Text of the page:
Vague  legend  of  the  prime,  ere  pain 

Bore  down  and  smote  them  heart  and  brain. 


And  this  dear  earth  of  green  and  grey 
And  gold  and  blue — our  broad  highway 
And  pleasant  inn  whereat  we  stay 

As  travellers  lighted  luckily 
On  goodly  cheer  and  company 
And  chambers  lavendered — may  be 

Out  of  the  placid  ages  come 
With  all  its  load  of  life  and  bloom 
Jump  to  the  verge  of  some  wild  doom. 


She  called  to  me  across  the  flood 

Of  finish'd  years,  "  Believe  thy  blood 

Which  runs  a  living  faith  in  good  !  " 


She  called  to  me  out  of  the  still 
And  molten  noon,  "  Believe  thy  will 
Which,  having  force,  would  banish  ill !  " 

She  called  to  me  out  of  the  day- 
Next  to  be  born,  "  Believe  the  clay 
Which  sends  up  goodness  from  decay  ! 


"  Here  is  the  earnest  to  make  whole 

The  parted  circlet  of  the  soul, 

To  crown  thy  mirth  and  star  thy  dole ; 

"  Here  is  the  essence  that  hath  kept 
The  centuries  sweet,  and  raced  and  leapt 
In  veins  that  withered,  eyes  that  wept ; 

"  Here  is  the  jewel  for  the  brow 
The  beam  to  set  the  light  aglow 
And  to  enrose  the  pinnacled  snow. 

"  I  am  the  crimson  of  the  rose, 

The  fair  quick  flame  the  crocus  shows. 

The  spice  that  with  the  blossom  goes, 

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"  The  witchery  of  the  thrush's  tune, 
The  surge  of  March,  the  flash  of  June, 
The  marvel  of  the  reapers'  moon, 

"  And  where  the  winter  aches  in  white 
And  mists,  I  haunt  the  doubtful  light 
While  dwindling  suns  loom  red  and  bright ; 


"  I  am  the  strength  of  all  the  dead, 
The  wisdom  and  the  goodlihead 
And  pith  of  what  they  did  and  said ; 

"  I  am  the  beauty  that  hath  stood 

Bodied,  like  a  beautitude 

In  soft,  calamitous  womanhood 

"  From  the  beginning  ;  and  the  Rest 
Of  Saints  am  I,  and  all  the  blest 
Rapture  of  bosoms  babes  have  press'd ; 


"  And  Man,  the  spirit  and  the  dust 
The  god  that  wears  the  chains,  and  must 
Be  still  the  creature,  and  still  trust 


"  He  is  not  wholly  fool  and  slave, 
And  live  half  angel  and  half  knave 
To  sup  with  Death  and  fat  the  grave  ; 

"  Man  that  is  nothing,  yet  divine 
Sifting  the  creeds  for  one  sure  sign 
Hath  sureness  in  a  look  of  mine  !  " 



Since  wheels  for  the  breaking  of  bone 

And  hooks  for  the  tearing  of  flesh, 

And  pully  and  rack 

And  screws  to  crack 

Sinew  and  joint  are  forgone  ; 

Shall  Torture  fail  of  her  own 

And  lose  the  admired  moan 

Of  thrice-slain  agony, 

Or  miss  from  her  ancient  mesh 

The  victim  fair  and  fresh  ? 

Nay,  by  the  Rood,  not  she  ! 

Ablaze  with  glittering  skill. 
On  floors  of  anguish,  still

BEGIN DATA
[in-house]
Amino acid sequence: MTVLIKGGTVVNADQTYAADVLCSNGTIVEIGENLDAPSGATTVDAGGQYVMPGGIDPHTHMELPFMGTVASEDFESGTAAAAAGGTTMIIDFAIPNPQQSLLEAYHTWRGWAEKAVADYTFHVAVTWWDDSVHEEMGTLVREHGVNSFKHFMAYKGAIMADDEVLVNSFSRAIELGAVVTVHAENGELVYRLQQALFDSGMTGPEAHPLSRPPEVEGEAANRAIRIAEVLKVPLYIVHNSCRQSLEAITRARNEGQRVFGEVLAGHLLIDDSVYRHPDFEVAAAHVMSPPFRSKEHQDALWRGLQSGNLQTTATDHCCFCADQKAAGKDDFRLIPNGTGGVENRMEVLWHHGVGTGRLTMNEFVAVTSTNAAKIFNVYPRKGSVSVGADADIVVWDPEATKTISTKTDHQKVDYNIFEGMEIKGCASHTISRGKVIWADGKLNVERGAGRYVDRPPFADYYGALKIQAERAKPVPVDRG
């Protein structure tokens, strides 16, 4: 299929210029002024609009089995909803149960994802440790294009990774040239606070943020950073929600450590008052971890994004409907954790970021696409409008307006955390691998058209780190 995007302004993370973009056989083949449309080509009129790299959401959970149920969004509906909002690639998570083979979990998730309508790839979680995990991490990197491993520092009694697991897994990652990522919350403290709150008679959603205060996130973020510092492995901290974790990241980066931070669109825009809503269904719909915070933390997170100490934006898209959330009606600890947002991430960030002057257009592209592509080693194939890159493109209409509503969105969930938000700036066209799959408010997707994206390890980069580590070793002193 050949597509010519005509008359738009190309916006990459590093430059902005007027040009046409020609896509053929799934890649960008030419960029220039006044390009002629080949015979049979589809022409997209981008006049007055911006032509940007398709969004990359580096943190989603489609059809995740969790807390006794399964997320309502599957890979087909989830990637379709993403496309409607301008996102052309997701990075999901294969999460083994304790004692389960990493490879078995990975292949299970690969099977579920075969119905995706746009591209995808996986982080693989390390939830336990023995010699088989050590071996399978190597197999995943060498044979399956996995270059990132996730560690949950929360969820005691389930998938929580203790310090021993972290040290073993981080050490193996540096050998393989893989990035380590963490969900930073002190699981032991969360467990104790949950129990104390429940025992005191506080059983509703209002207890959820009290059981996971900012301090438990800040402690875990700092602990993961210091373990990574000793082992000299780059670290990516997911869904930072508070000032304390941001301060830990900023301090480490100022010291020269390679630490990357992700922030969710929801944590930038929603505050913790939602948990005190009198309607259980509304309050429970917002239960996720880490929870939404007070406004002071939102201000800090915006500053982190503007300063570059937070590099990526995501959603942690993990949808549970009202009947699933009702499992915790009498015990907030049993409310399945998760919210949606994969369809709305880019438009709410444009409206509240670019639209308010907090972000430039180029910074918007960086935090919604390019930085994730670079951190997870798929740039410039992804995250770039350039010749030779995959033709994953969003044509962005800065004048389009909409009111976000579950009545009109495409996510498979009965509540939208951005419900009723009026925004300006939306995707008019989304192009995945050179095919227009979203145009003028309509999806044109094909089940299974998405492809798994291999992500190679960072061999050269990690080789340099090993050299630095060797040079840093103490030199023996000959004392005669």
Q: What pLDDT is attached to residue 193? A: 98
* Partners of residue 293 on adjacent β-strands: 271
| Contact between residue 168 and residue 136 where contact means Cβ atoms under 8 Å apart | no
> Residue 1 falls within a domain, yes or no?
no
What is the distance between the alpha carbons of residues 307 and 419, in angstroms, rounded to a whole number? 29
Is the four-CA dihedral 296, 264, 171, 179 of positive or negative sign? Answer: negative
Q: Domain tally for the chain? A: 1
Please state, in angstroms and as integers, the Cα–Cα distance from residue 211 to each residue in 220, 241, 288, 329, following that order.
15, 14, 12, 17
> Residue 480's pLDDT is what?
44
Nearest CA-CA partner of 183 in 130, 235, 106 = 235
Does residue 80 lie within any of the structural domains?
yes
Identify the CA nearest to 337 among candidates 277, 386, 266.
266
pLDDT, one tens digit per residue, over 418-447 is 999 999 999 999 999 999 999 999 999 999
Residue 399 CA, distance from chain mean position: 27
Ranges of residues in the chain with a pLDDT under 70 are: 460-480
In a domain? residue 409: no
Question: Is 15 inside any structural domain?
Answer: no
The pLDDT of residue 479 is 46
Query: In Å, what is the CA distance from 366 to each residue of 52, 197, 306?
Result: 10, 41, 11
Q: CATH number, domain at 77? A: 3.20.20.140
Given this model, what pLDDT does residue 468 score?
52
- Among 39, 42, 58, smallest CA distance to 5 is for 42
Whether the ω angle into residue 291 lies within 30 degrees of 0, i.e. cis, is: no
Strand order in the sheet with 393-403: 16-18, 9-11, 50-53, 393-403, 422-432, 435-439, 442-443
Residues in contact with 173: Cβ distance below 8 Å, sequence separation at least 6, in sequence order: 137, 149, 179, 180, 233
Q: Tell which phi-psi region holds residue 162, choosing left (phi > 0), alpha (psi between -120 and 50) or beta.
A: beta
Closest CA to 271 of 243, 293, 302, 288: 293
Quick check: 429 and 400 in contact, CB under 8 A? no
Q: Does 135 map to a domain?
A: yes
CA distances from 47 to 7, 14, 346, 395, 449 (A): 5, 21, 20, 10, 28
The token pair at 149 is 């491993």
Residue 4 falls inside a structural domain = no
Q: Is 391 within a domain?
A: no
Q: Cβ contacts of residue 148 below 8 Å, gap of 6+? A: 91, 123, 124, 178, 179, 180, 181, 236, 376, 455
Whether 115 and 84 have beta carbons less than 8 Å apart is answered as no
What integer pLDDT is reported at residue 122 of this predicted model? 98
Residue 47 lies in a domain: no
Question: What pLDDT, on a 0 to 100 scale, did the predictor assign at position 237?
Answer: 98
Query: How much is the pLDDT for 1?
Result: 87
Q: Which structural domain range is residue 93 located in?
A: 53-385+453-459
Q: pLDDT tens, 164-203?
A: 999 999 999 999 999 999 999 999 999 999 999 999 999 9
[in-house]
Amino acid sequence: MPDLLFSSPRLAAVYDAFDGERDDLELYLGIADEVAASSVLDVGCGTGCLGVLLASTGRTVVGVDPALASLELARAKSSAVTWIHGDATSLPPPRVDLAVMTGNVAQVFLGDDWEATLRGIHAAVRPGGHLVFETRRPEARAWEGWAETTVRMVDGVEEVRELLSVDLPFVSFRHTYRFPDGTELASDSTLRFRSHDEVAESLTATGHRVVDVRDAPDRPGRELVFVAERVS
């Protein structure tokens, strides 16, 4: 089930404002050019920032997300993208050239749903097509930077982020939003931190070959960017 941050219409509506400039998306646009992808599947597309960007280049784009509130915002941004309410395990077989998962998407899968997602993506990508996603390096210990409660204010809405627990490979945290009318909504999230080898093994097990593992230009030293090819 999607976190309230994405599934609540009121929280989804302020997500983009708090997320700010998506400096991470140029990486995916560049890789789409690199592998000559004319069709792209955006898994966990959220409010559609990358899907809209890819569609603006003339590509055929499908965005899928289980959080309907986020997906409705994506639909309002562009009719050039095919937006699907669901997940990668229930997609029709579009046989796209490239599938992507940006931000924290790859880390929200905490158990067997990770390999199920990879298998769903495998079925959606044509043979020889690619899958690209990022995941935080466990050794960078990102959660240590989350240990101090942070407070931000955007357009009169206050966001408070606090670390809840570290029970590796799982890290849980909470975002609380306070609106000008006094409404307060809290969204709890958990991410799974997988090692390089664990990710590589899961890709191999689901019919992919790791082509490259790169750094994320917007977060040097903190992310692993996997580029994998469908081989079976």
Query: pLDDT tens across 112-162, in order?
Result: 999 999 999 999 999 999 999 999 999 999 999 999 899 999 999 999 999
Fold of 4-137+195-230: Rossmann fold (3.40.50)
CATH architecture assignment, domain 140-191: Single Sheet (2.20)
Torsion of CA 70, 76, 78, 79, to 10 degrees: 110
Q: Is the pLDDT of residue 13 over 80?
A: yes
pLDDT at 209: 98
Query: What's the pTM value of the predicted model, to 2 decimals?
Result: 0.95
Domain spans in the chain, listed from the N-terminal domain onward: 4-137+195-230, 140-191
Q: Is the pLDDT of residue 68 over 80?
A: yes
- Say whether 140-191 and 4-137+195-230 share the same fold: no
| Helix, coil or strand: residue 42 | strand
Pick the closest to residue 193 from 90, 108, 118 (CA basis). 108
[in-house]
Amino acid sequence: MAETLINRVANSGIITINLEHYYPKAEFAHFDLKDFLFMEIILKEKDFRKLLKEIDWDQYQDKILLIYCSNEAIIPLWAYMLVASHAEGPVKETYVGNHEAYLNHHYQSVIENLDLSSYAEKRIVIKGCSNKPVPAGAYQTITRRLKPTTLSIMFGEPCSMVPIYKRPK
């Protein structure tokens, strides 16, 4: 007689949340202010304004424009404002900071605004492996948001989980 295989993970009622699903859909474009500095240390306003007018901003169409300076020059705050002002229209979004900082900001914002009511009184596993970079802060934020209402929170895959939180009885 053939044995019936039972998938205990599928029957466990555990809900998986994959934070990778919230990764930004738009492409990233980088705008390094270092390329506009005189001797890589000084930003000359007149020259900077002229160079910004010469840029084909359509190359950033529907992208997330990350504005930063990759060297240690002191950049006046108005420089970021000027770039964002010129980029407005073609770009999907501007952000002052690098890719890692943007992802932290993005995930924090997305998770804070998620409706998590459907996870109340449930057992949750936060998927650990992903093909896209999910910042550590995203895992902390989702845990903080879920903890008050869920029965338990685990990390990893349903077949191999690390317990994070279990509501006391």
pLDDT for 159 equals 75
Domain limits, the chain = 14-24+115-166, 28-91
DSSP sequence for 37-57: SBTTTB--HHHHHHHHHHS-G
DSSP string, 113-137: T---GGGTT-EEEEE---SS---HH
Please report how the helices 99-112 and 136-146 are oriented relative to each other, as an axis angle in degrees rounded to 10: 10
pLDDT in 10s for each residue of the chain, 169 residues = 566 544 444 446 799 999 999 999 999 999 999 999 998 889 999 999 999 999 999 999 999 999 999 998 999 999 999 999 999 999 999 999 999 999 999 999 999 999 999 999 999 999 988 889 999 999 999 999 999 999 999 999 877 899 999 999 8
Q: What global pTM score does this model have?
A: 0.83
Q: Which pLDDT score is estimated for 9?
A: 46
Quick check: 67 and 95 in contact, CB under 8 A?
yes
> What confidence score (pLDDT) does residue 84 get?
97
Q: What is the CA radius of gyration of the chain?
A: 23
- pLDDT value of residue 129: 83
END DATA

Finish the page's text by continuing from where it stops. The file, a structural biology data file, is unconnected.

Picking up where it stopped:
Plieth  she  pincer  and  bowl, 
And  she  hath  profuse  prey  ; 
And  all  night  and  all  day. 
Though  bodies  go  safe  and  whole, 
She  thanks  God  for  the  soul. 



Of  trivial  tide  and  chance, 

And  dribs  of  circumstance, 

Flourish  and  feint  and  threat, 

Swords  that  are  never  wet, 

Daggers  which  only  scratch. 

Springes  not  made  to  catch, 

Faleshood  none  uttereth, 

Mumblings  of  quick  apology 

For  prettily  hinted  infamy. 

And  dirty  hands  in  nice  clean  genteel  gloves. 

Sick  was  he  unto  death. 

Dear  knows. 

He  hath  seen  his  share 

Of  fribbles  and  fret 

And  seeming  overthrows ; 

Hence  sayeth  he  this  prayer 

To  men  and  destiny  : 

Let  me  he  stricken  fair 

With  infallacious  blows. 


Iris  and  the  Water-Ljilies 

All  hidden  like  a  jewel  'mid  great  hills 
There  lies  a  clear-eyed  lake,  girt  round  with  shade 
Of  willow  and  green  hazel,  and  behind. 
Forests  of  oak  and  fir  stretch  out  and  climb 
Unto  the  topmost  sunshine  of  the  heights. 

Here  at  the  narrower  end,  a  narrow  arm 
Runs  deep  into  the  shadows  of  the  wood. 
Losing  itself  in  reedy  lonesomeness  ; 
Dark  wilding  weeds,  lovers  of  glamour,  creep 
Along  its  shallow  edges,  and,  in  mid-stream 
Like  faery  shallops  waiting  for  moonrise, 
A  fleet  of  pallid  water-lilies  sleeps. 

At  daybreak,  when  the  lake  was  flushed  and  strewn 
With  red,  and  gold,  and  purple  ;   and  the  wood 
Shimmer'd  with  opal  tintings,  hither  came 
The  wind-footed  Iris — Juno's  messenger — 
Bound  on  her  Autumn  task  to  kill  the  bloom  ; 


Upon  her  brow  duskily  beat  and  throbbed 
Three  lambent  starlets,  and  her  filmy  hair 
Stream'd  in  a  shining  tangle  after  her. 
Like  starshine  from  a  star,  ethereally, 
Or  as  some  sweet  soul  drifting  in  bliss,  she  slid 
Down  the  hushed  dawn  to  where  those  lilies  were ; 
And  seeing  them  in  their  white  loveliness. 
Cold,  pallid,  pure,  she  hovered  over  them. 
And  smiled  upon  them,  as  a  mother  smiles 
Upon  her  sleeping  children.     Then  the  thought 
That  she  must  slay  them,  even  as  the  rest, 
Shot  through  her  being  like  sharp  agony. 
And  lifting  up  her  voice  in  golden  speech. 
She  cried  upon  the  queen  of  gods  and  men  : 

"  0  Juno,  in  thy  heaven. 

Give  ear  and  pity  me  ; 
Lo,  my  young  heart  is  riven 

With  this  I  do  for  Thee, 
Wherefore  I  pray  a  respite  from  my  task. 

"  In  valleys  where  the  sun 

Had  pitched  his  golden  tent. 
As  by  their  beauty  won